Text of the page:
[Mr. B] I remember that our first relocation happened during a period of economic recession. It took me months to find another opportunity. That kind of thing can really impact your feelings about the city, the relocation and, for some, even the relationship. I think job search assistance for the trailing spouse can go a long way to help them get acclimated to their new home town more quickly. That’s a huge benefit to everyone involved in the relocation.
Last question, for families facing the same decisions about moving and trailing spouses, what are 1-2 things they should consider?
[Suzanne] Is this something that will be good for the whole family, not just the employee’s career? Are we prepared to enter into a new culture (especially for foreign relocations)? If the new place is awful, can we suffer through for two years (or whatever the repayment clause is on the relocation)? Can we stand being away from family?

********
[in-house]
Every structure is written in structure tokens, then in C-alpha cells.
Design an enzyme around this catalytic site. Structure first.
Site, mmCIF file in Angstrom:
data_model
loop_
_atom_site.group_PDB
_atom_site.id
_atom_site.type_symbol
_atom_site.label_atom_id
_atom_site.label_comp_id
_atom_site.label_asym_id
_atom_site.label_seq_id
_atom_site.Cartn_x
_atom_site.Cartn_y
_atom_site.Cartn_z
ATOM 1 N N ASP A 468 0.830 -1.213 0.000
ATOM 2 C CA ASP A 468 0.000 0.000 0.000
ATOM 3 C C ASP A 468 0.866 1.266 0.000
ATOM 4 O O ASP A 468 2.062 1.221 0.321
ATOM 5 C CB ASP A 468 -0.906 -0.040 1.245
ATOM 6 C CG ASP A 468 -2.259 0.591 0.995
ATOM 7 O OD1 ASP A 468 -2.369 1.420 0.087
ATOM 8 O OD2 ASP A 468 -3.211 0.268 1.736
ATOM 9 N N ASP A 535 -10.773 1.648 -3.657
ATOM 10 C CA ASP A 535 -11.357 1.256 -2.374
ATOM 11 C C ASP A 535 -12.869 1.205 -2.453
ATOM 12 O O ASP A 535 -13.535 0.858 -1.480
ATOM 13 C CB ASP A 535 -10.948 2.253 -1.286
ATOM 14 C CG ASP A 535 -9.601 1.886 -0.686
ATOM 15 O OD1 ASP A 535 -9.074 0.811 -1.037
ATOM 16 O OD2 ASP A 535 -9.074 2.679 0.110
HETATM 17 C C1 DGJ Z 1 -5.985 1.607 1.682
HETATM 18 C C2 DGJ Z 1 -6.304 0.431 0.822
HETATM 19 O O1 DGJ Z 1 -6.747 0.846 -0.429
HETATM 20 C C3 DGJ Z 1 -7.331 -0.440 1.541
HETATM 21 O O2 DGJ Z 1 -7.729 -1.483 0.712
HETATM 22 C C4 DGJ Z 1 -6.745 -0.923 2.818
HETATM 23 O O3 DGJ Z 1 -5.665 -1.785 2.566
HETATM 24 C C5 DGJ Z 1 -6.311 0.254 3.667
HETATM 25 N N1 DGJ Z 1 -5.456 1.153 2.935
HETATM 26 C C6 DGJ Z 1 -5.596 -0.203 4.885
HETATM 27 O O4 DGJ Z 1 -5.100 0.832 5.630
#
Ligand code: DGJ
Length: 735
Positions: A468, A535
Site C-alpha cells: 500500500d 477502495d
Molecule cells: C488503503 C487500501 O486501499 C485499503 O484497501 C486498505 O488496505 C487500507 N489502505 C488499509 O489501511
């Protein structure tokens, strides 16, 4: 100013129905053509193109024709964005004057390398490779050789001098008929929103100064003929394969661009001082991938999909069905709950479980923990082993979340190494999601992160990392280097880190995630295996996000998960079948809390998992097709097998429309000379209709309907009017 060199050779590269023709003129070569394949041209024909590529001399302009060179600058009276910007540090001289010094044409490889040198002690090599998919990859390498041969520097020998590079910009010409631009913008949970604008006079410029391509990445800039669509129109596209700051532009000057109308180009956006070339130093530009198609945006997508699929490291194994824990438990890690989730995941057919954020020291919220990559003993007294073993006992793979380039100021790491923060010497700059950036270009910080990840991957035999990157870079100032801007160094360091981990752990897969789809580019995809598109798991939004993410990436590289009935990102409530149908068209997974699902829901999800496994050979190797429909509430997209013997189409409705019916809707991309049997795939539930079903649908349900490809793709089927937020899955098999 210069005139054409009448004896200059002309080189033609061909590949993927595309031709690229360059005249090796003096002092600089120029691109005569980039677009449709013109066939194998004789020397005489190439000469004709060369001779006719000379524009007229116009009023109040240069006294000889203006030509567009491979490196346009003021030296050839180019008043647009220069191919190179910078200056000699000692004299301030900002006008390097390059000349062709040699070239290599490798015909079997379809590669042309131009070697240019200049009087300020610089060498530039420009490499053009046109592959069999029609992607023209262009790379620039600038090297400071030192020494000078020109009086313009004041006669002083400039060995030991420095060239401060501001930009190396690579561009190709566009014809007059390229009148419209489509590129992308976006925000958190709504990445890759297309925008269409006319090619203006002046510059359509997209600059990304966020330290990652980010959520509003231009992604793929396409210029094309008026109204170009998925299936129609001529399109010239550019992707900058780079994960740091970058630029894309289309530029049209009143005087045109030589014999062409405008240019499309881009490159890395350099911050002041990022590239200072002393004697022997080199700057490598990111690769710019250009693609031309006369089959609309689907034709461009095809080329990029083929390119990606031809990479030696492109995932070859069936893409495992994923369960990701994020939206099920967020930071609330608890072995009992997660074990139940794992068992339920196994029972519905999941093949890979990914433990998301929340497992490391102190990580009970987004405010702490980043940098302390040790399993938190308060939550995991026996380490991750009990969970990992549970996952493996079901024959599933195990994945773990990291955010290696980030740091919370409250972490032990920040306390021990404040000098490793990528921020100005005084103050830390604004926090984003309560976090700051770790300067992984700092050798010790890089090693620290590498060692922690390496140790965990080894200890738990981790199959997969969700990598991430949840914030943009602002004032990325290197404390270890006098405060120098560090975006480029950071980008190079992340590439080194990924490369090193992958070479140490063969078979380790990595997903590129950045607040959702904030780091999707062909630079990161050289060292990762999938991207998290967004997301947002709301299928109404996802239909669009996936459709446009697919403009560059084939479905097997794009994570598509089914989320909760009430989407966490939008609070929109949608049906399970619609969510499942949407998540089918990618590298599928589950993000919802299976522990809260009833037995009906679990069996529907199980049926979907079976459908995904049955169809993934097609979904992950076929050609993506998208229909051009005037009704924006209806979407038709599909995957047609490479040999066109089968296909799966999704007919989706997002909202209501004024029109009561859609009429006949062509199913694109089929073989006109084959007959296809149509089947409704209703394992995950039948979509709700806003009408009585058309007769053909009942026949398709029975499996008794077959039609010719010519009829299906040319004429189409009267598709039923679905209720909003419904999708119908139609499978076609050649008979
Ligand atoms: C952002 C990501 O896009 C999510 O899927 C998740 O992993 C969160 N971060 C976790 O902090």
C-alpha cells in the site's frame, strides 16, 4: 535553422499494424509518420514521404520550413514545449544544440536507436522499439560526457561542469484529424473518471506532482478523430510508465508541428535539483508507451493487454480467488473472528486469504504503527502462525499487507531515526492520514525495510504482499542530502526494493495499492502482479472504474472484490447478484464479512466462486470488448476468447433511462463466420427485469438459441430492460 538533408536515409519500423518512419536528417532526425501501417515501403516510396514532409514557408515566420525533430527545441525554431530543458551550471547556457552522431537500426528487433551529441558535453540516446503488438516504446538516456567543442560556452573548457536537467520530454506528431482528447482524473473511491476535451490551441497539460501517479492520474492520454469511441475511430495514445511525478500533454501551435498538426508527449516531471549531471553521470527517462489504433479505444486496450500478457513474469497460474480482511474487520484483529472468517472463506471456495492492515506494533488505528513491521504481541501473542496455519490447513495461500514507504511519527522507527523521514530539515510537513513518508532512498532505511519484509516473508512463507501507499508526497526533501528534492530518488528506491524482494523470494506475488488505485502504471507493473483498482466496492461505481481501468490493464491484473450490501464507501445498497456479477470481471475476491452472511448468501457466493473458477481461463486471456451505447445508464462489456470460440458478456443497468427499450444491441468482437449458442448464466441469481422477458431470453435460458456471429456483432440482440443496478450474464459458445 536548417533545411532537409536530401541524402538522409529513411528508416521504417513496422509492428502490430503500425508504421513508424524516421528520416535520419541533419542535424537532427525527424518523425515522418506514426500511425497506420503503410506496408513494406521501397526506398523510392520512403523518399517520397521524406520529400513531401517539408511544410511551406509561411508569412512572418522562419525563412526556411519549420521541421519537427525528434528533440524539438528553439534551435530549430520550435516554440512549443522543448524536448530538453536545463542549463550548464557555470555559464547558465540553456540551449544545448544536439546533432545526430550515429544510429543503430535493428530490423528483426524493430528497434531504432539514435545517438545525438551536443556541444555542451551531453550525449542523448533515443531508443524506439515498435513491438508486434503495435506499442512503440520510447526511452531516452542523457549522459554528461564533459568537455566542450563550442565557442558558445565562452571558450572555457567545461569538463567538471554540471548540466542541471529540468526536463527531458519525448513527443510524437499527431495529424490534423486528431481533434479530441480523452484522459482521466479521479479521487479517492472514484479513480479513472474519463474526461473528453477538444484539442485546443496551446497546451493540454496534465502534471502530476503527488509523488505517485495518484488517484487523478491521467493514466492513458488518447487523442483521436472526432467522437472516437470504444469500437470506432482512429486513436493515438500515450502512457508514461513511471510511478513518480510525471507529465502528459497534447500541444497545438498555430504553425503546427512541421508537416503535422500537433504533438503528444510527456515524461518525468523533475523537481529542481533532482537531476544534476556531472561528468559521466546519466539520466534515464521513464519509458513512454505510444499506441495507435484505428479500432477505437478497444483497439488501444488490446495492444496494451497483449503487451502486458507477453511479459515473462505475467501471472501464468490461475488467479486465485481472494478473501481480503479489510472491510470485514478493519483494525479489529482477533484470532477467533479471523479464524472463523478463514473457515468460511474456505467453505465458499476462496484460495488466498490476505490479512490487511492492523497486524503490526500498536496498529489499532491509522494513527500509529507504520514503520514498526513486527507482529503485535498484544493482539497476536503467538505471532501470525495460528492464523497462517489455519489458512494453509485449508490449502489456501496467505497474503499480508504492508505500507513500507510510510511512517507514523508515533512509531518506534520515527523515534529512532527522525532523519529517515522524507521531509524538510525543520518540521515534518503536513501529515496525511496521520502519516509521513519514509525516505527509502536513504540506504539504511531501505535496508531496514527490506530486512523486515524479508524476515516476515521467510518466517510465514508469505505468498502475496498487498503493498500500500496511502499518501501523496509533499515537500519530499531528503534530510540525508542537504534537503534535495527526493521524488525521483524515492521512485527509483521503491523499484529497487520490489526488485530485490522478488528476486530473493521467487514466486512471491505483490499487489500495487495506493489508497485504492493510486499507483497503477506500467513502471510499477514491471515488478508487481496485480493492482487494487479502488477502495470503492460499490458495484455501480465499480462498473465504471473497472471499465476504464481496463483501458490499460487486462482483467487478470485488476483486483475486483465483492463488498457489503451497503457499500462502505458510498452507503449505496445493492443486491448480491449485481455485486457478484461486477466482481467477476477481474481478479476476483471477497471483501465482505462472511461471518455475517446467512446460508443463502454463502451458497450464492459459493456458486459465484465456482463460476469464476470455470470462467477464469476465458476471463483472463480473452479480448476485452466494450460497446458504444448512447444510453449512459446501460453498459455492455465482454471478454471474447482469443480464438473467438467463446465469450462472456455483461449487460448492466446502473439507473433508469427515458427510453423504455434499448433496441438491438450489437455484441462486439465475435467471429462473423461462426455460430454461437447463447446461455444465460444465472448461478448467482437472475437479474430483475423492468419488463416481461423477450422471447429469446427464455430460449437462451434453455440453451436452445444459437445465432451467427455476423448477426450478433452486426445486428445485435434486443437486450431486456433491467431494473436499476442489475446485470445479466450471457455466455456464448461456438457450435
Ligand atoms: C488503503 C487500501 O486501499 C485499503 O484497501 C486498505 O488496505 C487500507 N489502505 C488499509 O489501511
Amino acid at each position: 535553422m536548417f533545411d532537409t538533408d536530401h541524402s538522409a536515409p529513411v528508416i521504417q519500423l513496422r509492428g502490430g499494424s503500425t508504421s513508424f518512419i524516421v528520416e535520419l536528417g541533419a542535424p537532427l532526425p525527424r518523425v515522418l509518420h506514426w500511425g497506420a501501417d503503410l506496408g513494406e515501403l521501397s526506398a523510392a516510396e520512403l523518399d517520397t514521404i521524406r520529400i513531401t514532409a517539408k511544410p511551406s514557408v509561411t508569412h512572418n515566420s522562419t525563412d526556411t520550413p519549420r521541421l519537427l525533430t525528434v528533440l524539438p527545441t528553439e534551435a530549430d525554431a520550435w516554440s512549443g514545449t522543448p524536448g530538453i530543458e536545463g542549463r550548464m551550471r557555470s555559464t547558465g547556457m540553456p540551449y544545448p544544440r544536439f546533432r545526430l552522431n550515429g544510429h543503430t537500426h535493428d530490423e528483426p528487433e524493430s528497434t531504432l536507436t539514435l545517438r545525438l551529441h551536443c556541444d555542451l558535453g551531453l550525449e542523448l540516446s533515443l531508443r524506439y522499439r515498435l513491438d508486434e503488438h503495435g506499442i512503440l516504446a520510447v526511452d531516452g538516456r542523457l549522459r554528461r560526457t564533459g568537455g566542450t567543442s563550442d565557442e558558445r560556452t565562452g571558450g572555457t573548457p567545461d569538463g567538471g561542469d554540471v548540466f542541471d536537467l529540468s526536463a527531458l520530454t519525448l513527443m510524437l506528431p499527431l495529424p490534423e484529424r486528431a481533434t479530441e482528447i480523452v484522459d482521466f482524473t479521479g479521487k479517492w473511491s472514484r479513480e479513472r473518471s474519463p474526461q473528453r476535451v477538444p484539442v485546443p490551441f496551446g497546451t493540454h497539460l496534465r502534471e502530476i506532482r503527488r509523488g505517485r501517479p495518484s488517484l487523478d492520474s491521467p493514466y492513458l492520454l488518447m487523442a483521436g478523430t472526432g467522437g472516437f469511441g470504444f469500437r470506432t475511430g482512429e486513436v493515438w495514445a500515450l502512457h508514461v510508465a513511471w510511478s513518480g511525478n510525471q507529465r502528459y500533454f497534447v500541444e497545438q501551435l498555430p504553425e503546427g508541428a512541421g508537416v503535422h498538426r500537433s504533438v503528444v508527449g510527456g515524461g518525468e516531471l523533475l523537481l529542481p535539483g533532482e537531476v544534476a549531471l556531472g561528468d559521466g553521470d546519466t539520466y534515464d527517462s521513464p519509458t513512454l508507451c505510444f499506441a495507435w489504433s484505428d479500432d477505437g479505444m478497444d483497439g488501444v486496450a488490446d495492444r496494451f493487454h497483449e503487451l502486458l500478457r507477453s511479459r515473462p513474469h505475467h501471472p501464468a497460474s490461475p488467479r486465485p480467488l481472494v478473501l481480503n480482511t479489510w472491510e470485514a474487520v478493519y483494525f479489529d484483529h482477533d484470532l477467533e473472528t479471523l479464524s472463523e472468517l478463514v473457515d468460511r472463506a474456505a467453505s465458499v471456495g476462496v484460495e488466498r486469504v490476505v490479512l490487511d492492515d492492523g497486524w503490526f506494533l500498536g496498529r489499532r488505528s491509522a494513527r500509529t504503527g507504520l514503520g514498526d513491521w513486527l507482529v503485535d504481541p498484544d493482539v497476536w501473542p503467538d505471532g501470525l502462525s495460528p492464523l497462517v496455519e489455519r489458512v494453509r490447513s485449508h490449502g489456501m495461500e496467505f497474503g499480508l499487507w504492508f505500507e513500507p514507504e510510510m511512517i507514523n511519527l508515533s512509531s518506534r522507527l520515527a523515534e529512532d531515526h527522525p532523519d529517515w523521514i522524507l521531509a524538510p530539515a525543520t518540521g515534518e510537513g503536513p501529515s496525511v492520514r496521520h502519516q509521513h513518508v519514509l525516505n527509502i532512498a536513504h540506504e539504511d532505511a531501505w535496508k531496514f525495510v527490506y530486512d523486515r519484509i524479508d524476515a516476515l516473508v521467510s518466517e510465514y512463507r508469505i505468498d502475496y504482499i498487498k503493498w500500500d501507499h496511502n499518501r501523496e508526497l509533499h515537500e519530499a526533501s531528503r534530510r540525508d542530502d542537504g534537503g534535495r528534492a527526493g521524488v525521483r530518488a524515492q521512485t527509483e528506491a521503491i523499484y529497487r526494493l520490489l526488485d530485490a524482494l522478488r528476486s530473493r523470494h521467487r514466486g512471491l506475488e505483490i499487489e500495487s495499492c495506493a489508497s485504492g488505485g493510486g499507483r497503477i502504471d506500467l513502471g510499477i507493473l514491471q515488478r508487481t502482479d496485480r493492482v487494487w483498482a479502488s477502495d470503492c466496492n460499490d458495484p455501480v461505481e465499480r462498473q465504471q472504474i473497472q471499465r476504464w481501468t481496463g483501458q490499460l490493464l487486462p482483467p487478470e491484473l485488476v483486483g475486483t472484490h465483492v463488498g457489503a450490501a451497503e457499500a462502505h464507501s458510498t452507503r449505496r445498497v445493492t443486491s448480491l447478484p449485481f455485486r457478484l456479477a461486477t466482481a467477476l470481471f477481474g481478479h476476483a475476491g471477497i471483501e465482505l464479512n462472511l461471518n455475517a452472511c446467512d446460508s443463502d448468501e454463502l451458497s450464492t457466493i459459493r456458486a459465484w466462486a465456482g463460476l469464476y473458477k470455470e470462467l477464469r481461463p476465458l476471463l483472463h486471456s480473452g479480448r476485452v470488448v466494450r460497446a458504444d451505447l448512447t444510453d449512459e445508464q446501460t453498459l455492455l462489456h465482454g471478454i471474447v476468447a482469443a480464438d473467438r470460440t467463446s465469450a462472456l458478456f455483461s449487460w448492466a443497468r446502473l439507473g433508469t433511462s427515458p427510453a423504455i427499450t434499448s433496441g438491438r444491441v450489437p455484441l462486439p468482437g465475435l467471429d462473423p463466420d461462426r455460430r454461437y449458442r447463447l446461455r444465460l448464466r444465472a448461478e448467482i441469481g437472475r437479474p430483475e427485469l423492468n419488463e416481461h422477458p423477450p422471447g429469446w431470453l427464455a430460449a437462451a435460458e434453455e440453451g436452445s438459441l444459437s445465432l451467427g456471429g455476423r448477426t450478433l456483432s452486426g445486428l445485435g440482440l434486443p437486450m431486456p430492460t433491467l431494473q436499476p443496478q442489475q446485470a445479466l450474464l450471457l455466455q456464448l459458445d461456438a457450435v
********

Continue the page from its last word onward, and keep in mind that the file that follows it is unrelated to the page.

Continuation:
[Mr. B] Communication is critical at this time – no doubt. The trailing spouse will feel detached and secondary to the needs of the relocated spouse who is busy in their new role. Both need be empathetic for the new demands on their partner. For the trailing spouse, it’s easy to get buried under the details of relocation. Try to find time to enjoy the adventure and discovery of new opportunities.
I want to thank Suzanne and Keith for sharing their experience. It’s not easy giving up one’s own career goals for someone else. As organizations focus more on employee well-being, it’s essential for them to think of the employee’s family. Because often what’s good for the family is good for the employee – and vice versa.
Image taken by Sharlyn Lauby after speaking at the Healthcare Human Resources Association Conference in Stillwater, MN1